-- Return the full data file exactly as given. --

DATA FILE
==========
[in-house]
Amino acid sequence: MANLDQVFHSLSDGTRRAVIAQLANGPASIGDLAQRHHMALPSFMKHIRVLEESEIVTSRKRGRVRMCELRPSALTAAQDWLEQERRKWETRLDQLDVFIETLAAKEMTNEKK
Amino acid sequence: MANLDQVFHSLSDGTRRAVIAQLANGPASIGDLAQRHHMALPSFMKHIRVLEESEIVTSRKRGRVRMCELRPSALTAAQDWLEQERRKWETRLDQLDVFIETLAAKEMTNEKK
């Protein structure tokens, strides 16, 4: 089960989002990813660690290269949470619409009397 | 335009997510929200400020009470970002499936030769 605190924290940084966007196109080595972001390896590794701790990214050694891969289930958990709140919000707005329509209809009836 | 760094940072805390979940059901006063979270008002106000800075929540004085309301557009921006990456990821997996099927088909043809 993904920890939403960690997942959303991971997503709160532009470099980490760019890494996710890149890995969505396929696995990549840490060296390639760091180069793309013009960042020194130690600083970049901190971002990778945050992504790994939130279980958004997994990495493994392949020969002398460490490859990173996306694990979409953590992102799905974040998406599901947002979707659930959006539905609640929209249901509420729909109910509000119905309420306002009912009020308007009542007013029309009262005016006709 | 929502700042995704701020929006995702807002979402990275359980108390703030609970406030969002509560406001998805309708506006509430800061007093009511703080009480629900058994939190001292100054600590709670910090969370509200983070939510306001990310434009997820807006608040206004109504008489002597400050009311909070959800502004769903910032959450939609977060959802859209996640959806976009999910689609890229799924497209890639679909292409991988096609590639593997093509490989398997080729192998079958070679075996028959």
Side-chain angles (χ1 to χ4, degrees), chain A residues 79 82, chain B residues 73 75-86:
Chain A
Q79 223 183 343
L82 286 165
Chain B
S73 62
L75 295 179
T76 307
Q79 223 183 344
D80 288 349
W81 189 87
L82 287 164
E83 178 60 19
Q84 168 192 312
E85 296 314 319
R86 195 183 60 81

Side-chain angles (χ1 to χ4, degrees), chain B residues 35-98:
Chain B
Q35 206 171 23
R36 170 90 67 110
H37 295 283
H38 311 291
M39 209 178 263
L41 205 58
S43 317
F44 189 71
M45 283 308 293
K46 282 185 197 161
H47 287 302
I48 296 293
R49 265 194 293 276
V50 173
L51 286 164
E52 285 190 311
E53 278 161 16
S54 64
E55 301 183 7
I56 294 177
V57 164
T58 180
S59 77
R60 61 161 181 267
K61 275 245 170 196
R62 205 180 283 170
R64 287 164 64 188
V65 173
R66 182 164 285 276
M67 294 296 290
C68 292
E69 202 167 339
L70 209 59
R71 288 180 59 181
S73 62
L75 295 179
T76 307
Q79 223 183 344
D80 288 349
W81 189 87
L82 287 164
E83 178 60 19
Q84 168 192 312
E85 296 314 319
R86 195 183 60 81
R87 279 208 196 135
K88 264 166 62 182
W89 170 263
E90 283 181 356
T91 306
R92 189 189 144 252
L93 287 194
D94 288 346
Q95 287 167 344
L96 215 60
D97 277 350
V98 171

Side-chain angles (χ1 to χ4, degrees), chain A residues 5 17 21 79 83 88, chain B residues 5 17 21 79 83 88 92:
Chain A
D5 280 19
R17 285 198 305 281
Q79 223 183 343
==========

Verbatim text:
[in-house]
Amino acid sequence: MANLDQVFHSLSDGTRRAVIAQLANGPASIGDLAQRHHMALPSFMKHIRVLEESEIVTSRKRGRVRMCELRPSALTAAQDWLEQERRKWETRLDQLDVFIETLAAKEMTNEKK
Amino acid sequence: MANLDQVFHSLSDGTRRAVIAQLANGPASIGDLAQRHHMALPSFMKHIRVLEESEIVTSRKRGRVRMCELRPSALTAAQDWLEQERRKWETRLDQLDVFIETLAAKEMTNEKK
């Protein structure tokens, strides 16, 4: 089960989002990813660690290269949470619409009397 | 335009997510929200400020009470970002499936030769 605190924290940084966007196109080595972001390896590794701790990214050694891969289930958990709140919000707005329509209809009836 | 760094940072805390979940059901006063979270008002106000800075929540004085309301557009921006990456990821997996099927088909043809 993904920890939403960690997942959303991971997503709160532009470099980490760019890494996710890149890995969505396929696995990549840490060296390639760091180069793309013009960042020194130690600083970049901190971002990778945050992504790994939130279980958004997994990495493994392949020969002398460490490859990173996306694990979409953590992102799905974040998406599901947002979707659930959006539905609640929209249901509420729909109910509000119905309420306002009912009020308007009542007013029309009262005016006709 | 929502700042995704701020929006995702807002979402990275359980108390703030609970406030969002509560406001998805309708506006509430800061007093009511703080009480629900058994939190001292100054600590709670910090969370509200983070939510306001990310434009997820807006608040206004109504008489002597400050009311909070959800502004769903910032959450939609977060959802859209996640959806976009999910689609890229799924497209890639679909292409991988096609590639593997093509490989398997080729192998079958070679075996028959």
Side-chain angles (χ1 to χ4, degrees), chain A residues 79 82, chain B residues 73 75-86:
Chain A
Q79 223 183 343
L82 286 165
Chain B
S73 62
L75 295 179
T76 307
Q79 223 183 344
D80 288 349
W81 189 87
L82 287 164
E83 178 60 19
Q84 168 192 312
E85 296 314 319
R86 195 183 60 81

Side-chain angles (χ1 to χ4, degrees), chain B residues 35-98:
Chain B
Q35 206 171 23
R36 170 90 67 110
H37 295 283
H38 311 291
M39 209 178 263
L41 205 58
S43 317
F44 189 71
M45 283 308 293
K46 282 185 197 161
H47 287 302
I48 296 293
R49 265 194 293 276
V50 173
L51 286 164
E52 285 190 311
E53 278 161 16
S54 64
E55 301 183 7
I56 294 177
V57 164
T58 180
S59 77
R60 61 161 181 267
K61 275 245 170 196
R62 205 180 283 170
R64 287 164 64 188
V65 173
R66 182 164 285 276
M67 294 296 290
C68 292
E69 202 167 339
L70 209 59
R71 288 180 59 181
S73 62
L75 295 179
T76 307
Q79 223 183 344
D80 288 349
W81 189 87
L82 287 164
E83 178 60 19
Q84 168 192 312
E85 296 314 319
R86 195 183 60 81
R87 279 208 196 135
K88 264 166 62 182
W89 170 263
E90 283 181 356
T91 306
R92 189 189 144 252
L93 287 194
D94 288 346
Q95 287 167 344
L96 215 60
D97 277 350
V98 171

Side-chain angles (χ1 to χ4, degrees), chain A residues 5 17 21 79 83 88, chain B residues 5 17 21 79 83 88 92:
Chain A
D5 280 19
R17 285 198 305 281
Q79 223 183 343